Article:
Editor’s note: The town of Windham, New Hampshire, is presently conducting an audit of its Nov. 3, 2020 election, in which a hand recount one week later revealed that four Republican candidates each gained about 300 votes not counted on Election Night. Vermont uses the same AccuVote-OS vote tabulators owned by Dominion and managed by LHS Associates, of Salem, N.H. The following article by Sarah Ibanez has been republished with permission from GraniteGrok.
By Sarah Ibanez
In a stunning conclusion provided by the Windham Audit Team, it was determined that some machines were tricked by the creases in mail-in ballots to the detriment of Republican candidates. The creases resulted in overvotes that crushingly affected straight-ticket Republican ballots in particular.
This revelation is news to the public, but our trusted politicians and Jeff Silvestro of LHS Associates knew this would happen months before the election occurred.
Irrespective of their knowledge, they collectively committed gross negligence when they failed to implement corrections that would have protected the voters of New Hampshire.
Moreover, Philip J. Abirached, Chairman of the Windham Republican Town Committee reported yesterday that “the function of rejecting overvotes was turned off per the state’s request.”
The combination of events lends credence to all reasoning behind New Hampshire citizens’ distrust of elected officials, especially some Republicans who are deemed infiltrators.
Found on the Secretary of State’s website under sos.nh.gov.minutes-may-19-2 were the transcribed minutes for the “Meeting of the Select Committee on 2020 Emergency Election Support” held on May 19, 2020 at 2:00 p.m.
This meeting was convened to determine how to implement Covid-19 mandates such as PPE requirements and sanitizing protocol for the November 3 election proceedings.
The meeting style was a “question and answer” format that also included discussion surrounding the anticipated influx of mail-in ballots.
All of the participants were clearly listed at the top of the minutes to include House Election Law Committee Chair, Rep. Barbara J. Griffin; David Scanlan, Deputy Secretary of State; Orville “Bud” Fitch, Legal Counsel to the Secretary of State; Nicholas Chong Yen, Assistant Attorney General; among others.
Except one. There is one person not listed as either “Member” or “Participating,” but who piped into the meeting unexpectedly pages deep into the transcribed scroll.
That person was Jeff Silvestro, President of LHS Associates. The transcription refers to him as Jeff Silvestro of AHI Associates. (AHI is not a keystroke combination indicative of a typo. Not even close.) His participation in the meeting though seemingly covert was instrumental toward the production and decision-making concerns of the ballots used in the 2020 General Election.
When a question was posed about the absentee ballots and whether or not they ought to consider using manila envelopes for people to remit the ballots to avoid having to fold them, Silvestro drew from his pre-existing knowledge.
“Folded ballots always have a higher possibility of being misread or rejected. The creases can cause shadowing and result in misreading/rejection,” Silvestro said.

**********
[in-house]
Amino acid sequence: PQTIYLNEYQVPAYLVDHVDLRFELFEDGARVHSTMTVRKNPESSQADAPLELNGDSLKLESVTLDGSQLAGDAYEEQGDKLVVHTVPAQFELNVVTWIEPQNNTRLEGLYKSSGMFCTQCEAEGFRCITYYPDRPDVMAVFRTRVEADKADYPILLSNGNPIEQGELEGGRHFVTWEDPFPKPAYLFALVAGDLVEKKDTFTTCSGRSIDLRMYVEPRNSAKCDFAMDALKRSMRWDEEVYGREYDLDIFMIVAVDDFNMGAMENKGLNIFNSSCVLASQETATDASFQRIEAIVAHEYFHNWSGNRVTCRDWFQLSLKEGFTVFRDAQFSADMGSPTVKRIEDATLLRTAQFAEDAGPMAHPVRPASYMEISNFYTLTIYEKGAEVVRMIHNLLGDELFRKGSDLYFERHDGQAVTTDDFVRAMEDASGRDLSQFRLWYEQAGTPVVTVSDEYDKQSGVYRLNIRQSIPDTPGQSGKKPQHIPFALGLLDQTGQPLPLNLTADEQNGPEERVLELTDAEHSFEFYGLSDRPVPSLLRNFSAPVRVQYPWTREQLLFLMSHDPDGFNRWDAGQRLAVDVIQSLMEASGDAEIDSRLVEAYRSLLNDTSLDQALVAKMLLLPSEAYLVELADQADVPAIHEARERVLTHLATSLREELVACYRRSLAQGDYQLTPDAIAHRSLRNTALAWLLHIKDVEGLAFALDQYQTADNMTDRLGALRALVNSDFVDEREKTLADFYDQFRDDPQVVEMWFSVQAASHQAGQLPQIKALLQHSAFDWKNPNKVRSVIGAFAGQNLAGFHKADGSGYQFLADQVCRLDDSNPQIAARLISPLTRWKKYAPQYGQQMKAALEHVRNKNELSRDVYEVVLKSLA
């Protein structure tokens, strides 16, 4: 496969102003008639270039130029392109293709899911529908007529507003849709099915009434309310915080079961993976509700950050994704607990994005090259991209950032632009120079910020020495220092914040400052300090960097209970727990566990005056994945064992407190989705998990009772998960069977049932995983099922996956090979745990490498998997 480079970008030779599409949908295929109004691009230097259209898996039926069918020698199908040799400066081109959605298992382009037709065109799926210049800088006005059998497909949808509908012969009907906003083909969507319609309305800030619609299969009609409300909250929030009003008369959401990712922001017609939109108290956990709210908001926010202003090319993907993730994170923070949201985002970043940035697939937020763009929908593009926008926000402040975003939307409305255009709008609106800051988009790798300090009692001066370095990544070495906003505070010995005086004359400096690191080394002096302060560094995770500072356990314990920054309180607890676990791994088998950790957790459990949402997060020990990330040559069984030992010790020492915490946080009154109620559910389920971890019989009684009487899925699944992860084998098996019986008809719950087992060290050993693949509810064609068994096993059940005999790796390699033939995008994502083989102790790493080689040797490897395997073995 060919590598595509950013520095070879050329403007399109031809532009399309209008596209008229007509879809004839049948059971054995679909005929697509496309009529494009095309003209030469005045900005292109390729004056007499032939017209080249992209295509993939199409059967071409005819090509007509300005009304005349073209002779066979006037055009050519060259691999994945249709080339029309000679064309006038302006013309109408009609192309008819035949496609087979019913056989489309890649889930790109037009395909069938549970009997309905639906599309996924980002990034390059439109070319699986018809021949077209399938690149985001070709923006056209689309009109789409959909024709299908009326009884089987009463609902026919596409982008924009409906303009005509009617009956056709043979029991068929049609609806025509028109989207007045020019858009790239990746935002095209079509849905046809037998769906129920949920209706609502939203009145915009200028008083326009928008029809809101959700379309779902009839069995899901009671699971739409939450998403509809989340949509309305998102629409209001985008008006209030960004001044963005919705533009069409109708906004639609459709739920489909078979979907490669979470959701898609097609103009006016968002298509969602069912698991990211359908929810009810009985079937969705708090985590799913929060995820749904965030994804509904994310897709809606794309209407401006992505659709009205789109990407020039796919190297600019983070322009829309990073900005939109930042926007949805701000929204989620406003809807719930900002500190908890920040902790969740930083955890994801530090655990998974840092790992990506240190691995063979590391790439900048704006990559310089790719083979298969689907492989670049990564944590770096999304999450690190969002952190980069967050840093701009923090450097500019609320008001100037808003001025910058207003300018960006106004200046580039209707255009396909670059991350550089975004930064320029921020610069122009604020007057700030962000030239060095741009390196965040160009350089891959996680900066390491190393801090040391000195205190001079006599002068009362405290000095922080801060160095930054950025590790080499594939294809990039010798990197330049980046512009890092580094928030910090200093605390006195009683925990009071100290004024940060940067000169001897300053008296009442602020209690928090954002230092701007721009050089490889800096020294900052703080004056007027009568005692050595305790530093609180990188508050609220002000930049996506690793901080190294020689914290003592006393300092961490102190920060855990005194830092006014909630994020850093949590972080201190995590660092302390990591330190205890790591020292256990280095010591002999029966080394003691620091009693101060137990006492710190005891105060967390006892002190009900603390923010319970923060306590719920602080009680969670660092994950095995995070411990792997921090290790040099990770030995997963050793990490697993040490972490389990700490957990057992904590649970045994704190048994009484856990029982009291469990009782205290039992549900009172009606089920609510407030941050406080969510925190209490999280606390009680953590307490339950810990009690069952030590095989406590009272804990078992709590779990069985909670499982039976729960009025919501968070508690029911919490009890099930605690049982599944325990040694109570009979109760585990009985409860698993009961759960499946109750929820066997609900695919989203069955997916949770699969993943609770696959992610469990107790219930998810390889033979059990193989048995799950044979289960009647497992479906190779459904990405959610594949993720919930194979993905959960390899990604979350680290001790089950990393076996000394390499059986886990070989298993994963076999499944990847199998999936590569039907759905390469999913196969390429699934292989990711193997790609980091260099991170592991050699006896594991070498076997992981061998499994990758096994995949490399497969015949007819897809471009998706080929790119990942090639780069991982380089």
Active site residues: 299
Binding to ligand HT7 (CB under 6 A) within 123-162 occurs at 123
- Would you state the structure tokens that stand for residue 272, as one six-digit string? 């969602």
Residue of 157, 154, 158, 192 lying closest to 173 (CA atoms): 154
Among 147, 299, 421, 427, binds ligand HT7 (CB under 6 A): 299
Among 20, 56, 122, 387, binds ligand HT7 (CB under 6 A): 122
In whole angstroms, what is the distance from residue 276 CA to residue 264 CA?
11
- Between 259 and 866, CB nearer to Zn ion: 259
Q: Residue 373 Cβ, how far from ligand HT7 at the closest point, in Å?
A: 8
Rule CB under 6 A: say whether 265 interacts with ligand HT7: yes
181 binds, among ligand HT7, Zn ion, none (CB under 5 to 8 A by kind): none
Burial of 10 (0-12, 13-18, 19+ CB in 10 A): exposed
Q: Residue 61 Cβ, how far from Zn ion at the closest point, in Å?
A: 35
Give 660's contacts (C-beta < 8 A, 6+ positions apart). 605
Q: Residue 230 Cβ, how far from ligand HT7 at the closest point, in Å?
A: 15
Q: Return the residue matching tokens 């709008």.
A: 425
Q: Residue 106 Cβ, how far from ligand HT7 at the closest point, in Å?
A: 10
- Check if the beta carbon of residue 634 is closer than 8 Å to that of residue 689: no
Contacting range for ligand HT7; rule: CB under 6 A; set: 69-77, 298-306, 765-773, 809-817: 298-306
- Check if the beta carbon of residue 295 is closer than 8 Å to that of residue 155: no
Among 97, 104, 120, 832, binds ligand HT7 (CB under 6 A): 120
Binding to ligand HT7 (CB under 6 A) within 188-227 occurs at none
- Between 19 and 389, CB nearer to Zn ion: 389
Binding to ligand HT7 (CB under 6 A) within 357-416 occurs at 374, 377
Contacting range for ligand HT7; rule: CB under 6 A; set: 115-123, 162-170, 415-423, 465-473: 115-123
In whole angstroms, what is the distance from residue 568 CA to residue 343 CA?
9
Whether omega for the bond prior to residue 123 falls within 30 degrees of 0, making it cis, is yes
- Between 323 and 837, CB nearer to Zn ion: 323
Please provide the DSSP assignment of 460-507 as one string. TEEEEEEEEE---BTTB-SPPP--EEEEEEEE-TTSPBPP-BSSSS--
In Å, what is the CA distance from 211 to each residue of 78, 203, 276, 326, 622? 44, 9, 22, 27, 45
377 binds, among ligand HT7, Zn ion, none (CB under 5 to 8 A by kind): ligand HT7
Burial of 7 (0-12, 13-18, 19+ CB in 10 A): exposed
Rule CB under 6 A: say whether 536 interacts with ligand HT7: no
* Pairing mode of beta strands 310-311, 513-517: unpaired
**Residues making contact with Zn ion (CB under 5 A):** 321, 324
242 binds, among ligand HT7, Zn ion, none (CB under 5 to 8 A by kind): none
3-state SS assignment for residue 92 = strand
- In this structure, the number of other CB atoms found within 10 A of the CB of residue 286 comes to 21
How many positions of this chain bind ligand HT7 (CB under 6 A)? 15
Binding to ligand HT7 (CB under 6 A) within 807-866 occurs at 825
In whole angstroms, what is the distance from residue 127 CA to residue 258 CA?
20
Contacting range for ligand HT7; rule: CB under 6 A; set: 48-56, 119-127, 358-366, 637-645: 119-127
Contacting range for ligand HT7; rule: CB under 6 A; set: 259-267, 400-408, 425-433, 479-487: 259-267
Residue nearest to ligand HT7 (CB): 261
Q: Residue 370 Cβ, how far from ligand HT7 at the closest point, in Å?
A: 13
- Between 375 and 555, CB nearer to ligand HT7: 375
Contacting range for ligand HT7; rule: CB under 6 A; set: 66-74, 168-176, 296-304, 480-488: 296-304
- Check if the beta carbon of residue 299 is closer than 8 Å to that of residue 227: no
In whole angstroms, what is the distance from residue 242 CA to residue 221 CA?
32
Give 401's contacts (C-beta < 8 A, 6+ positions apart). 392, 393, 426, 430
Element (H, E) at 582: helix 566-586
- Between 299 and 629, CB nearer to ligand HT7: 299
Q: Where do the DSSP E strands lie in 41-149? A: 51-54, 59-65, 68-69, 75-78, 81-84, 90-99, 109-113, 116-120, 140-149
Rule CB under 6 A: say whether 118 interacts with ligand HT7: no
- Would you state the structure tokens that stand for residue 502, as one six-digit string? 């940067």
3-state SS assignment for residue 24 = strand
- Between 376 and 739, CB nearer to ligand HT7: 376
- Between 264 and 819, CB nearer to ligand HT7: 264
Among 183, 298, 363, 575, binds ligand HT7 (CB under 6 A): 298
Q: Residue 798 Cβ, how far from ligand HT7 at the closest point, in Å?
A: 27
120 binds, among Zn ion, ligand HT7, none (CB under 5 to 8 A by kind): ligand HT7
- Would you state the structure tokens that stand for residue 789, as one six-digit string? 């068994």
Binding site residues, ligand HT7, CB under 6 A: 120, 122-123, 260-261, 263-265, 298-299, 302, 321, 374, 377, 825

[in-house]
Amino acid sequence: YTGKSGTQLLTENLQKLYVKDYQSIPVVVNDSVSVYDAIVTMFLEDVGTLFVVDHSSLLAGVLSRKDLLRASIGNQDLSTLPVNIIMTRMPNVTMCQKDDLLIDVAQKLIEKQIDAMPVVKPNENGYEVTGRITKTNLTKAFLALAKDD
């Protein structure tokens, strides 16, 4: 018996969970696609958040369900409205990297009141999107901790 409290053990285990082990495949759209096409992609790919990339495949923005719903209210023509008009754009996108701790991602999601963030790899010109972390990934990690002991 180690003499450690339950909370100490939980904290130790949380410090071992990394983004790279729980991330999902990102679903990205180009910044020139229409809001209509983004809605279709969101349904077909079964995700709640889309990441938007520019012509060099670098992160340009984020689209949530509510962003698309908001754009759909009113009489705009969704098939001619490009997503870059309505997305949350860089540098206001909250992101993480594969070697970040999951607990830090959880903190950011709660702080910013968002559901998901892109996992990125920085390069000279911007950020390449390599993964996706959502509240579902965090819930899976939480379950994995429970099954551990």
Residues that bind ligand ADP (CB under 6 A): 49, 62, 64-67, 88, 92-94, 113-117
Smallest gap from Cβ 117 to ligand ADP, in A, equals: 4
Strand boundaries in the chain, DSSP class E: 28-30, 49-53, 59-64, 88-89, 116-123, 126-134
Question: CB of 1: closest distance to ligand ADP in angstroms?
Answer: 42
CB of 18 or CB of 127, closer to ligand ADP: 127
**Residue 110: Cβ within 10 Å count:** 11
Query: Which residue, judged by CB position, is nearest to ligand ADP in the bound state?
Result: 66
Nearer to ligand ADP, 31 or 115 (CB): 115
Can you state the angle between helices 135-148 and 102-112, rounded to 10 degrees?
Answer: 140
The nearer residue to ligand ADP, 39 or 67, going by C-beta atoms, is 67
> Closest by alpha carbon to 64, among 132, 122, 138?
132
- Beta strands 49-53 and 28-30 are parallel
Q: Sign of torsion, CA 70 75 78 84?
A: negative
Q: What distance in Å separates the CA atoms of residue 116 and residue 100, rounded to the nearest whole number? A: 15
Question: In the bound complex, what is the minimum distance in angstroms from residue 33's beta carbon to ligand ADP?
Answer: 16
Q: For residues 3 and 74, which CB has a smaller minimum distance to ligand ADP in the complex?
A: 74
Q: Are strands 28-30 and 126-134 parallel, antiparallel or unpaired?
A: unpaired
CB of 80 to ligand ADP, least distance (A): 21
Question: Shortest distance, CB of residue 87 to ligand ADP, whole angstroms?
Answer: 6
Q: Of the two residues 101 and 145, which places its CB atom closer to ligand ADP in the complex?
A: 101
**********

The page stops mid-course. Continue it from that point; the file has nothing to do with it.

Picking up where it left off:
“I’d like to see less folded ballots, but I don’t think it’s possible with what we’re trying to accomplish,” he said.
What were they trying to accomplish? Why did they not eliminate the problem entirely and go with manila envelopes?
Silvestro, as it turns out, had advised the committee that the November ballots would likely be 17” or 18,” at which point “postage would probably get cost-prohibitive.”
There you have it. A larger envelope to protect New Hampshire’s votes was “cost-prohibitive.”
His statement all but predicted the mass election integrity problem in which we currently find ourselves, yet nothing was done to prevent it.
The sheer number of absentee ballots printed in advance of the 2020 election should have been the driving force to inform the public of the impending problem and implement safeguards. Instead, they concealed the issue and disabled computer technology that was an existing and actual safeguard.
The design and printing of these ballots as it would square with the manner in which the machines were programmed to receive them, would prove integral to the Windham audit results.
So, who printed the ballots?
It has also been reported that Evans Printing Company in Bow, New Hampshire is the non-certified company that prints our federal election ballots. But who provides them with the design and copy?
Buried deeper within the scroll of the transcribed Minutes of May 19, 2020, Silvestro provides the seminal information.
“There are technical limitations within the programming software that designs the ballots and the code which goes around the perimeter and back of the ballot,” he said.
Strangely, and out of nowhere, Barbara Griffin (whose involvement we’ll discuss later) changed the subject completely when she asked Silvestro about putting a sheet of paper onto each voting station’s surface for the in-person booths.
Not so fast, Barbara. What about his answer? Programming software? Codes around the perimeter and backs of the ballots?
That’s a pretty sophisticated answer coming from the very supplier who Bud Fitch, Deputy to the Secretary of State, initially denied was involved in the printing of our ballots. (Phone interview of April 2, 2021.)
When pressed on the matter, Fitch admitted that LHS would have to be involved in order to make certain the ballots were compatible with the machines.